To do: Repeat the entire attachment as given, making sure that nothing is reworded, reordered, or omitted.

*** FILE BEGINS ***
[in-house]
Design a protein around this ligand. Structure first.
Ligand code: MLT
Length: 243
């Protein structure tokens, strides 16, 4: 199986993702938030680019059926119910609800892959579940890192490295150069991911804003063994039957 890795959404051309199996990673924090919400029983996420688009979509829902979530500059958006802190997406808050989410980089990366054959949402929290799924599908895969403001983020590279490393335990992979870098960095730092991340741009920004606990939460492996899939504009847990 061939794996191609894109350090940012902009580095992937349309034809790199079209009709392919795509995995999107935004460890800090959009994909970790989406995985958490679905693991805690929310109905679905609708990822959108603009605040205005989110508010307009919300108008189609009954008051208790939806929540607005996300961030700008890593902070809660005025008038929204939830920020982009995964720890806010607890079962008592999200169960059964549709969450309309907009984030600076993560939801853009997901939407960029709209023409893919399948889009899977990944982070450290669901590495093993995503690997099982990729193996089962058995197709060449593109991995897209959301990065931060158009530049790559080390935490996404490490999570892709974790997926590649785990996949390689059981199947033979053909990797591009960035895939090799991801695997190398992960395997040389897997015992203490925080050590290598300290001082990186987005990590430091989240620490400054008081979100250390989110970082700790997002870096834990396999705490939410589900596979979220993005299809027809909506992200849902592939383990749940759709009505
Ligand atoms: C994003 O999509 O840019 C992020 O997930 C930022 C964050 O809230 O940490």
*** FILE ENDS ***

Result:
[in-house]
Design a protein around this ligand. Structure first.
Ligand code: MLT
Length: 243
């Protein structure tokens, strides 16, 4: 199986993702938030680019059926119910609800892959579940890192490295150069991911804003063994039957 890795959404051309199996990673924090919400029983996420688009979509829902979530500059958006802190997406808050989410980089990366054959949402929290799924599908895969403001983020590279490393335990992979870098960095730092991340741009920004606990939460492996899939504009847990 061939794996191609894109350090940012902009580095992937349309034809790199079209009709392919795509995995999107935004460890800090959009994909970790989406995985958490679905693991805690929310109905679905609708990822959108603009605040205005989110508010307009919300108008189609009954008051208790939806929540607005996300961030700008890593902070809660005025008038929204939830920020982009995964720890806010607890079962008592999200169960059964549709969450309309907009984030600076993560939801853009997901939407960029709209023409893919399948889009899977990944982070450290669901590495093993995503690997099982990729193996089962058995197709060449593109991995897209959301990065931060158009530049790559080390935490996404490490999570892709974790997926590649785990996949390689059981199947033979053909990797591009960035895939090799991801695997190398992960395997040389897997015992203490925080050590290598300290001082990186987005990590430091989240620490400054008081979100250390989110970082700790997002870096834990396999705490939410589900596979979220993005299809027809909506992200849902592939383990749940759709009505
Ligand atoms: C994003 O999509 O840019 C992020 O997930 C930022 C964050 O809230 O940490």